Juvenon Health Journal – January 2016, No. 1
For many people food is inextricably linked to emotion, and in particular stress and depression. It’s common for people to reach for comfort foods such as macaroni and cheese, cookies and ice cream when the chips are down.
These types of foods are often on the top of people’s self-medication playlist. In fact, they can help the eater feel a little better for a few minutes, but sadly the feel-good vibe is short-lived. Fortunately, there are many foods that have proven to help with stress, depression and anxiety.
“Food is a very powerful modifier when it comes to depression and the brain,” states Katie Swift, co-director of the Food as Medicine program of the Center, in an article published in Healthy Women. “The choice you make at the plate absolutely influences how you’re going to feel.”
Swift says we should all create a go-to “depression defense portfolio” of foods that strengthen not only bodies, but also boost emotional health. Admittedly, it may take a while to say farewell to your friends Ben and Jerry, who stand by you through thick and thin, but eventually healthy swaps can become your norm.
- Mood making magnesium: Women, in particular, often have insufficient amounts of magnesium. Why does this matter? Well, scientists believe magnesium helps improve mood and energy by producing and supporting the brain chemical serotonin. From almonds, leafy greens and beans to grains, salmon and oysters, magnesium-rich foods are easy to incorporate into your healthy diet.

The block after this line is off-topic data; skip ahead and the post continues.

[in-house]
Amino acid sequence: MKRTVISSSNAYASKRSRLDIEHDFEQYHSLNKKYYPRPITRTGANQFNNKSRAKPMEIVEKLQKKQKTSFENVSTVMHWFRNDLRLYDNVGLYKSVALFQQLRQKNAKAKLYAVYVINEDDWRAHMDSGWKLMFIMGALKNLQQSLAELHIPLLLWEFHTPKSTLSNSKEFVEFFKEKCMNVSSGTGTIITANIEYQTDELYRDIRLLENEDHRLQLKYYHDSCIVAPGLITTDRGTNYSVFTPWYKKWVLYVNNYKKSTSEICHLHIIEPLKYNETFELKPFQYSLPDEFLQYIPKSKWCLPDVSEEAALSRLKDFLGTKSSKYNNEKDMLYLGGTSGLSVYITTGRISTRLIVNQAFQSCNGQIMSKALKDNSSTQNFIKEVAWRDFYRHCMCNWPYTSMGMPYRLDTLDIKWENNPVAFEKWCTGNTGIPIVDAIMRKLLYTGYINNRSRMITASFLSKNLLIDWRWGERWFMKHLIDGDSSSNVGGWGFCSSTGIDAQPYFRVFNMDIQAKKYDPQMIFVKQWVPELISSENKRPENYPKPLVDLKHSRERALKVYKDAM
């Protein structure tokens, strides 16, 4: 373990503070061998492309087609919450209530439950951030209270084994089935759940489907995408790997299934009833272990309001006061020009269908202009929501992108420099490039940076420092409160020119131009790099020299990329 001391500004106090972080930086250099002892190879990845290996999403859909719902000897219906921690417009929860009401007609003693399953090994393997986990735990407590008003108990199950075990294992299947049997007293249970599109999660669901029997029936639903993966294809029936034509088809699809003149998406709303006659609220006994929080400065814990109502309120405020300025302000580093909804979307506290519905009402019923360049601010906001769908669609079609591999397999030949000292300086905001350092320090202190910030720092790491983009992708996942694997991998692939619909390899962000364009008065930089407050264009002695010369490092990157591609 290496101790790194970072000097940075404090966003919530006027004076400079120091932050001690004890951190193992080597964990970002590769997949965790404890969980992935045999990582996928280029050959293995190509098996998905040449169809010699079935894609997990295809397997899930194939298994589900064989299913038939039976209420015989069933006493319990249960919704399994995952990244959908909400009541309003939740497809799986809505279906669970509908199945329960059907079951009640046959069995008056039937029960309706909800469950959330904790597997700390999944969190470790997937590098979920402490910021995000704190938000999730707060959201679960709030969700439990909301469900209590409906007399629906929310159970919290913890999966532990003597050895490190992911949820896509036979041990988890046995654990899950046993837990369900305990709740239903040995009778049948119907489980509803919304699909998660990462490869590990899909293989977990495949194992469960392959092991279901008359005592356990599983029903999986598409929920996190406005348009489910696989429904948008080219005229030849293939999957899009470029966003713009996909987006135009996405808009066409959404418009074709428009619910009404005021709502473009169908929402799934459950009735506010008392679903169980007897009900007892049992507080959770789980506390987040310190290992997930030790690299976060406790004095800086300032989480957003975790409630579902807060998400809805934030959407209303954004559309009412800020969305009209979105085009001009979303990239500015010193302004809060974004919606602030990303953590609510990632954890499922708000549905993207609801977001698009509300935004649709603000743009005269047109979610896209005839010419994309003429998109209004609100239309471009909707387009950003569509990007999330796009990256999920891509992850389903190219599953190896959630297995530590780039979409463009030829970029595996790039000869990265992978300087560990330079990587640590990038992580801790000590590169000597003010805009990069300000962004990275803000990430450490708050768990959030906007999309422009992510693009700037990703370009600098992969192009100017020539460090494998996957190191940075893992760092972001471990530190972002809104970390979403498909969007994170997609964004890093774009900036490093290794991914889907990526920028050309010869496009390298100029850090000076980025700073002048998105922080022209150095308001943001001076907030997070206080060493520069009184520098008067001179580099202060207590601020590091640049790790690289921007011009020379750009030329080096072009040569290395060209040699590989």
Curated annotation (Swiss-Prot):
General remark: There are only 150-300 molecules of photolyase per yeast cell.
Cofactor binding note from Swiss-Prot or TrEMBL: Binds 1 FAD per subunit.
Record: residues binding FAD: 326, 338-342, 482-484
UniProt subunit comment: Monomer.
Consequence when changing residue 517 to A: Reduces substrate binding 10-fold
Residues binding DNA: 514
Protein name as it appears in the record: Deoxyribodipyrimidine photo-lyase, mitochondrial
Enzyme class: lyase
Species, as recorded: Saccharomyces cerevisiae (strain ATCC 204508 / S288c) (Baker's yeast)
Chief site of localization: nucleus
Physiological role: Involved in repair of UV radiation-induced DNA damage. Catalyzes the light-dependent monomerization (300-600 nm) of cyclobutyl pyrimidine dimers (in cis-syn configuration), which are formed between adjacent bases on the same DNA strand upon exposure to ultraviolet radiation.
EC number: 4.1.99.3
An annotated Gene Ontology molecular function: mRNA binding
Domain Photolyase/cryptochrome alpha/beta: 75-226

- Makes friends with fats and carbs: Many of us try to shun fats and carbs in an effort to manage weight. But we may be throwing the baby out with the bathwater as plant-based fats and complex carbohydrates are essential for healthy brain health and mood. Good fat sources include avocados, seeds and olive oil. As for complex carbs, reach for brown rice, legumes and whole wheat bread. To keep your energy at an even keel, partner those healthy carbs with protein, which is another known depression fighter. Snack on whole wheat crackers and low-fat cheese or yogurt and granola.
- Omega-3: Chances are you’ve heard the nutritional praises of omega-3 polyunsaturated fatty acids. But did you know that there is clinical evidence that proves that dietary omega-3 consumption can thwart depression? Studies have shown that there is a link between low omega-3 levels and a higher incidence of depression. Wild salmon, trout, walnuts, hemp and chia seeds are just a few of the Mother Nature’s omega-3 rich foods.
- Alpha Lipoic Acid and Folic Acid: Studies have shown both of these nutrients can help with mood. Tomatoes, in particular, are rich in folic acid and alpha-lipoic acid. In fact, many studies show an elevated incidence of folate deficiency in depressed patients. Folic acid prevents an excess of homocysteine, which restricts the production of healthy mood neurotransmitters like serotonin and dopamine from forming in the body. Alpha lipoic acid helps the body convert glucose into energy, and in turn stabilizes mood.
Please note, these healthy foods don’t take the place of professional mental health services. Seek professional help if you suspect your depression issues are more than a passing phase.
In the coming months, the Juvenon Health Journal will continue to feature research that will help you stay informed and healthy. By offering effective, all-natural supplements and health news you can use, Juvenon provides an essential arsenal for combating aging enemies.